The reality, I think, lies in the repentance of John. To repent as John and Jesus demand, and to live compassionately and justly, is to let go of my privilege. It is to be vulnerable. It is almost impossibly difficult, which might just be why Chris Arnade found "The people who challenged my atheism most were drug addicts and prostitutes." They had no privilege to lose.

The smallest repentance (of John's kind) is amazingly purifying. It clears the chaff. It reorients us to life's realities. It cuts out the dead wood and sour fruit of our shallowed consumer society. It plunges us into crisis, too, as we lose some of our material comforts and guarantees, and even more, see the false security of so many others. But all this also enables us to relearn the language of spirit.  As the chaff which clogs our perceptions is cleared, the words of the ancient texts carry new and potent truth.  I see hype and hysteria for what they are, but far from becoming cynical, I find a new groundedness and hope. I am nothing but impoverished in my doing of repentance, but have received unwarranted reward.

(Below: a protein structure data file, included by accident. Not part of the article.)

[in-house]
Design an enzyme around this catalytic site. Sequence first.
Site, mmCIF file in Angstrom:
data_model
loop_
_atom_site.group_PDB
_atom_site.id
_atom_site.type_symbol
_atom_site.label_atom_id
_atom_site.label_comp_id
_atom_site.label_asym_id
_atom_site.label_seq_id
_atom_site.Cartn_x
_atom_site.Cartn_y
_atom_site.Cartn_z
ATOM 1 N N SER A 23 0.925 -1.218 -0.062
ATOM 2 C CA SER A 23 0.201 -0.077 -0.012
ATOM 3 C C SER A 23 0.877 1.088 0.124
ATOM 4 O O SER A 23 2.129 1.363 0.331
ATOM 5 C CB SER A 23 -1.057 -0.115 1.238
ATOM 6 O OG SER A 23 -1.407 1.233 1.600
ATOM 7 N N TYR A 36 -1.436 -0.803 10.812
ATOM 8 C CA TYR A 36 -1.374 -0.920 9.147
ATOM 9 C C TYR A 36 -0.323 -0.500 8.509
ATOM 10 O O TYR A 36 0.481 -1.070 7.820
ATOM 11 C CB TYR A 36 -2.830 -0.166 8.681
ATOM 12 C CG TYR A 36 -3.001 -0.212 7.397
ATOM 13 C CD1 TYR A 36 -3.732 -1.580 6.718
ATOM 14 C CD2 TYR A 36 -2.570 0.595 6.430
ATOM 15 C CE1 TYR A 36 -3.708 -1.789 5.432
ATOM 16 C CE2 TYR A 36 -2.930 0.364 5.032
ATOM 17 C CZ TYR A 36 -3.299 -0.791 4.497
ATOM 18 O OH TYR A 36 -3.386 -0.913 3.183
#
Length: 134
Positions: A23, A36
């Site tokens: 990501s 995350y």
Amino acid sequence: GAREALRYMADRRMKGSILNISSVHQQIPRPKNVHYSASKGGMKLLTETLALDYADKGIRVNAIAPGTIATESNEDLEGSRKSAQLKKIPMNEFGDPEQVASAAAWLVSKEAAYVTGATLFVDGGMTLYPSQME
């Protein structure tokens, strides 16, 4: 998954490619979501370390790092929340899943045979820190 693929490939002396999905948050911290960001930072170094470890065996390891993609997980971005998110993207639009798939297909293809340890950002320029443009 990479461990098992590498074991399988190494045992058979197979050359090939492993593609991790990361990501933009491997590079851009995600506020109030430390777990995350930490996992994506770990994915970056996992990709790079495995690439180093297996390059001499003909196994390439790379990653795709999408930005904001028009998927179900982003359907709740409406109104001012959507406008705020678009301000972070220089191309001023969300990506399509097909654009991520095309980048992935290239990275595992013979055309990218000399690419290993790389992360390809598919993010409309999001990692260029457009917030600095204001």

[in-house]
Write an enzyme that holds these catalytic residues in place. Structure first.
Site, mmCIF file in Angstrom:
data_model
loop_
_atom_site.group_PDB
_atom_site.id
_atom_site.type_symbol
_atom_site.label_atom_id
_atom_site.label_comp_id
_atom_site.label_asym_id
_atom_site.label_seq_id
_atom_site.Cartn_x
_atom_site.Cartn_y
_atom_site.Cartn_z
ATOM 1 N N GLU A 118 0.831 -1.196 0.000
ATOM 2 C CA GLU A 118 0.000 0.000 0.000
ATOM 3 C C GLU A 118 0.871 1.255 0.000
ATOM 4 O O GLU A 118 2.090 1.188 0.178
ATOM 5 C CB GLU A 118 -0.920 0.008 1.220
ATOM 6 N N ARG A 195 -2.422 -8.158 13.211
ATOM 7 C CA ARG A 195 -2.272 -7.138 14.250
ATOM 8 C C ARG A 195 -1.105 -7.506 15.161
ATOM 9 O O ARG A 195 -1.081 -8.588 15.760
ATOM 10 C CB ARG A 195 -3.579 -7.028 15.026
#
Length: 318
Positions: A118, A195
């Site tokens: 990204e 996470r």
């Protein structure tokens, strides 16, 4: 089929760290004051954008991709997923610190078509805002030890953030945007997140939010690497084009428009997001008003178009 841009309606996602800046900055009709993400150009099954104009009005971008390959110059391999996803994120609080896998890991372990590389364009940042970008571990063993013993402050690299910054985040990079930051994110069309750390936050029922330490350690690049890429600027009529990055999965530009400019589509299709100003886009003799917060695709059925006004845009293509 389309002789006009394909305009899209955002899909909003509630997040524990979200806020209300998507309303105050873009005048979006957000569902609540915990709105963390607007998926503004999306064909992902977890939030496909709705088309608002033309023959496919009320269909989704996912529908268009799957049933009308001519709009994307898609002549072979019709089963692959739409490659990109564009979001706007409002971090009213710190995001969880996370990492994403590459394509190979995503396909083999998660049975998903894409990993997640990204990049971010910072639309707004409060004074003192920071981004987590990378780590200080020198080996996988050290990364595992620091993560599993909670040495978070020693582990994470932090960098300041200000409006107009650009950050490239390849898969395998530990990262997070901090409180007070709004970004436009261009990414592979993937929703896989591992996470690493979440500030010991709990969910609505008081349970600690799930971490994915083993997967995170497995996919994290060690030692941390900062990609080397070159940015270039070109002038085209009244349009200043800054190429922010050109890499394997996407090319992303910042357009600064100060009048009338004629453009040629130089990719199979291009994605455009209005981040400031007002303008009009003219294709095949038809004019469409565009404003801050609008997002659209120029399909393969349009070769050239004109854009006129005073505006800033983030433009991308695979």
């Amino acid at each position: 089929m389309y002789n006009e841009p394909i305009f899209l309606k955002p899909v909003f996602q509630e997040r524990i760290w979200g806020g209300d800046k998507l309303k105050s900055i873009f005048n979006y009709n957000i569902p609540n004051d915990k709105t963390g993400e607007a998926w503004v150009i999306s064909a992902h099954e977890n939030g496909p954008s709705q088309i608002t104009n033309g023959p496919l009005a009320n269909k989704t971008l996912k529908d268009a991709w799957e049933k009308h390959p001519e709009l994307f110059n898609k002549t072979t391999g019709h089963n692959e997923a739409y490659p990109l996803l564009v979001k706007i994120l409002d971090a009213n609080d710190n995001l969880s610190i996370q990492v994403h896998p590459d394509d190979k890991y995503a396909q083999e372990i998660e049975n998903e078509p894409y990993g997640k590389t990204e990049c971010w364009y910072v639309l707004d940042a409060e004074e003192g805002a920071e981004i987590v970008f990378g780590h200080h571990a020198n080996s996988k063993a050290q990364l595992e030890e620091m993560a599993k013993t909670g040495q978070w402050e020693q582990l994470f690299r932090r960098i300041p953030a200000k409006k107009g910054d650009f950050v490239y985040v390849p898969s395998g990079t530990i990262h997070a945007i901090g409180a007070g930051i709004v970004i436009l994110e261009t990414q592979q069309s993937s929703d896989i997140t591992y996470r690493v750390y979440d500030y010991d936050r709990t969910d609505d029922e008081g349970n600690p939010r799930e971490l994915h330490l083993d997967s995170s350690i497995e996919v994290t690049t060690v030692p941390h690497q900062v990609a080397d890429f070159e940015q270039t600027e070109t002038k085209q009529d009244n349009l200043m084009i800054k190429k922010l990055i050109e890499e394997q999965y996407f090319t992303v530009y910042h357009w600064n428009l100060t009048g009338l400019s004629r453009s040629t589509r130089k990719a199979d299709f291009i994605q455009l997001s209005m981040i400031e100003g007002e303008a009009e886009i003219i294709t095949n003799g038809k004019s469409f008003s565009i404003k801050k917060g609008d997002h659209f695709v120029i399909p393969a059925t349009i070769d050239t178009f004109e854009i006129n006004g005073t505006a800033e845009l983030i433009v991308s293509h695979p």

Andrew Prior
Direct Biblical quotations in this page are taken from The New Revised Standard Version Bible, copyright 1989, Division of Christian Education of the National Council of the Churches of Christ in the United States of America. Used by permission. All rights reserved. Please note that references to Wikipedia and other websites are intended to provide extra information for folk who don't have easy access to commentaries or a library. Wikipedia is never more than an introductory tool, and certainly not the last word in matters biblical!